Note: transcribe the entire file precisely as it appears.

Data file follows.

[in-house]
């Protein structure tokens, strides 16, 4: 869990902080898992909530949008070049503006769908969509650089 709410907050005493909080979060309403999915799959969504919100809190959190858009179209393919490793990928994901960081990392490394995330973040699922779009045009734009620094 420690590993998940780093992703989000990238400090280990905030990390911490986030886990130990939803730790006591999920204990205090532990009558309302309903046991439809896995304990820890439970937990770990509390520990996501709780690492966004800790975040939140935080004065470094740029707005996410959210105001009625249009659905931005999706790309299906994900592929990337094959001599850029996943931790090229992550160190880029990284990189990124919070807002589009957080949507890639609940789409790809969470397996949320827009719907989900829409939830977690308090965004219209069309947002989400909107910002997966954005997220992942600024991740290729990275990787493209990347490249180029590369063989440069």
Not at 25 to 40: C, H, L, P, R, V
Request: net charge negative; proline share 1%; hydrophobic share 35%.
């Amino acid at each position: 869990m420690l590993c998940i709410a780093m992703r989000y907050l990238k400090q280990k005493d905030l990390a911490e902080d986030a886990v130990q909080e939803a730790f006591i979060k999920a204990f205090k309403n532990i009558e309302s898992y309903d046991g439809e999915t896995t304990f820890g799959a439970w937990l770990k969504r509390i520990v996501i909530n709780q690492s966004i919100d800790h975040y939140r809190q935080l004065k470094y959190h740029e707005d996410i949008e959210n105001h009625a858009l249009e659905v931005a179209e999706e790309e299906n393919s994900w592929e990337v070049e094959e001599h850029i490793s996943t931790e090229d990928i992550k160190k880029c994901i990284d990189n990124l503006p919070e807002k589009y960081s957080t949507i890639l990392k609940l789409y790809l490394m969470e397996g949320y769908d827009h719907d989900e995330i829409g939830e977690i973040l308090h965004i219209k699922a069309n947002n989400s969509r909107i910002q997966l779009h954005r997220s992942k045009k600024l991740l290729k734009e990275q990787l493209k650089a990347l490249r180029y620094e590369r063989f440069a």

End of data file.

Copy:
[in-house]
């Protein structure tokens, strides 16, 4: 869990902080898992909530949008070049503006769908969509650089 709410907050005493909080979060309403999915799959969504919100809190959190858009179209393919490793990928994901960081990392490394995330973040699922779009045009734009620094 420690590993998940780093992703989000990238400090280990905030990390911490986030886990130990939803730790006591999920204990205090532990009558309302309903046991439809896995304990820890439970937990770990509390520990996501709780690492966004800790975040939140935080004065470094740029707005996410959210105001009625249009659905931005999706790309299906994900592929990337094959001599850029996943931790090229992550160190880029990284990189990124919070807002589009957080949507890639609940789409790809969470397996949320827009719907989900829409939830977690308090965004219209069309947002989400909107910002997966954005997220992942600024991740290729990275990787493209990347490249180029590369063989440069």
Not at 25 to 40: C, H, L, P, R, V
Request: net charge negative; proline share 1%; hydrophobic share 35%.
């Amino acid at each position: 869990m420690l590993c998940i709410a780093m992703r989000y907050l990238k400090q280990k005493d905030l990390a911490e902080d986030a886990v130990q909080e939803a730790f006591i979060k999920a204990f205090k309403n532990i009558e309302s898992y309903d046991g439809e999915t896995t304990f820890g799959a439970w937990l770990k969504r509390i520990v996501i909530n709780q690492s966004i919100d800790h975040y939140r809190q935080l004065k470094y959190h740029e707005d996410i949008e959210n105001h009625a858009l249009e659905v931005a179209e999706e790309e299906n393919s994900w592929e990337v070049e094959e001599h850029i490793s996943t931790e090229d990928i992550k160190k880029c994901i990284d990189n990124l503006p919070e807002k589009y960081s957080t949507i890639l990392k609940l789409y790809l490394m969470e397996g949320y769908d827009h719907d989900e995330i829409g939830e977690i973040l308090h965004i219209k699922a069309n947002n989400s969509r909107i910002q997966l779009h954005r997220s992942k045009k600024l991740l290729k734009e990275q990787l493209k650089a990347l490249r180029y620094e590369r063989f440069a």